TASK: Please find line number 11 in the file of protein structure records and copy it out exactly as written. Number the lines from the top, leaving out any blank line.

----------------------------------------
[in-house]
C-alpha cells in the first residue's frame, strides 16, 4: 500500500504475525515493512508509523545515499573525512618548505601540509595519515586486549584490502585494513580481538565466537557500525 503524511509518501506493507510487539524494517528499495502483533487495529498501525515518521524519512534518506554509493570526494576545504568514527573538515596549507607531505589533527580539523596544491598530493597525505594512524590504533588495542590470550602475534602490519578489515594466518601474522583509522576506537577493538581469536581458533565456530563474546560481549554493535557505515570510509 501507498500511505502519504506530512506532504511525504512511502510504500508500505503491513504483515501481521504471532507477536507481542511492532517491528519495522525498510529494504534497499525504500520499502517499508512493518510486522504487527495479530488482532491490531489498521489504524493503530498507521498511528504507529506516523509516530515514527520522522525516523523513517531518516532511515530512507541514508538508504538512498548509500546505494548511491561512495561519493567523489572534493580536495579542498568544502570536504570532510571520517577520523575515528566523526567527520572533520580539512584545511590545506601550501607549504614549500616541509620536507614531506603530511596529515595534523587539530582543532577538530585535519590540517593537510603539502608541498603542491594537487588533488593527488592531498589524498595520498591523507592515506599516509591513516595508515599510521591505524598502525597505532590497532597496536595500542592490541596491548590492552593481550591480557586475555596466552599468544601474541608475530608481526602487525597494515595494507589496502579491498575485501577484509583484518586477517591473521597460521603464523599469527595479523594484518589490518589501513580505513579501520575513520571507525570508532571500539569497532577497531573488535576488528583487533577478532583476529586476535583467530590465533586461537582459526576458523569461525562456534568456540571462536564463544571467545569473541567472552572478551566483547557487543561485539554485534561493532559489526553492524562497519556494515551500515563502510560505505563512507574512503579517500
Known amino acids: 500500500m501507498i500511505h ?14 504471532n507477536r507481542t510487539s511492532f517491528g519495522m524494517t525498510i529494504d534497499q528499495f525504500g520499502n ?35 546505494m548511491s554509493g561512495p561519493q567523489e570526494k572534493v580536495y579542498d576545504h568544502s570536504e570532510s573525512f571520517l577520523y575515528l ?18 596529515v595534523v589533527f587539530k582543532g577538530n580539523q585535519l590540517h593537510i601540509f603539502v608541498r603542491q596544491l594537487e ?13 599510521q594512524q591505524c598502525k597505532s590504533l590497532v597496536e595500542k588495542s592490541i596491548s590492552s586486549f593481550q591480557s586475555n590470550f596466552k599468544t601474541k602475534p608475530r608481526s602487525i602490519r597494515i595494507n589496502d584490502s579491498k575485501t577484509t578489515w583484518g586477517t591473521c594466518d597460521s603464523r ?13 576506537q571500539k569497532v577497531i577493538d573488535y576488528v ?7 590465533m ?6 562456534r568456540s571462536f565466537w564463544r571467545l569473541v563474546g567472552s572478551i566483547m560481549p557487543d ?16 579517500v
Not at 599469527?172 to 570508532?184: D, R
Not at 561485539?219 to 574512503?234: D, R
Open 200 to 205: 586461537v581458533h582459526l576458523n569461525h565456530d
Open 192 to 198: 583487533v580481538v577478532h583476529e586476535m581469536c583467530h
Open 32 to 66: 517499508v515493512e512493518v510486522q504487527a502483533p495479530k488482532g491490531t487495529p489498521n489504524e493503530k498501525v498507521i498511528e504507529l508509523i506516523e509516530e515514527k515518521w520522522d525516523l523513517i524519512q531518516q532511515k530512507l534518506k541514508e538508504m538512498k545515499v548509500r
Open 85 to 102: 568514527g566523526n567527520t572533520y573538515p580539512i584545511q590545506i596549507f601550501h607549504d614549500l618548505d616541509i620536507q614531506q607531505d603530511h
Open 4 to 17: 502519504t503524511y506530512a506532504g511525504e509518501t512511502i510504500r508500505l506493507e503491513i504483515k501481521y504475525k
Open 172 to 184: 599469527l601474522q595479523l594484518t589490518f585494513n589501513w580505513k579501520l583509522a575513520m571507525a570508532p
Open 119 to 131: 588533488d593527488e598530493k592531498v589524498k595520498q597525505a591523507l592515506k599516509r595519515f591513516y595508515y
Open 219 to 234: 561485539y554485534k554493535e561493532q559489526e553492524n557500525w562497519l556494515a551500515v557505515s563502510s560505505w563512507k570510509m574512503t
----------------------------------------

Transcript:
Open 172 to 184: 599469527l601474522q595479523l594484518t589490518f585494513n589501513w580505513k579501520l583509522a575513520m571507525a570508532p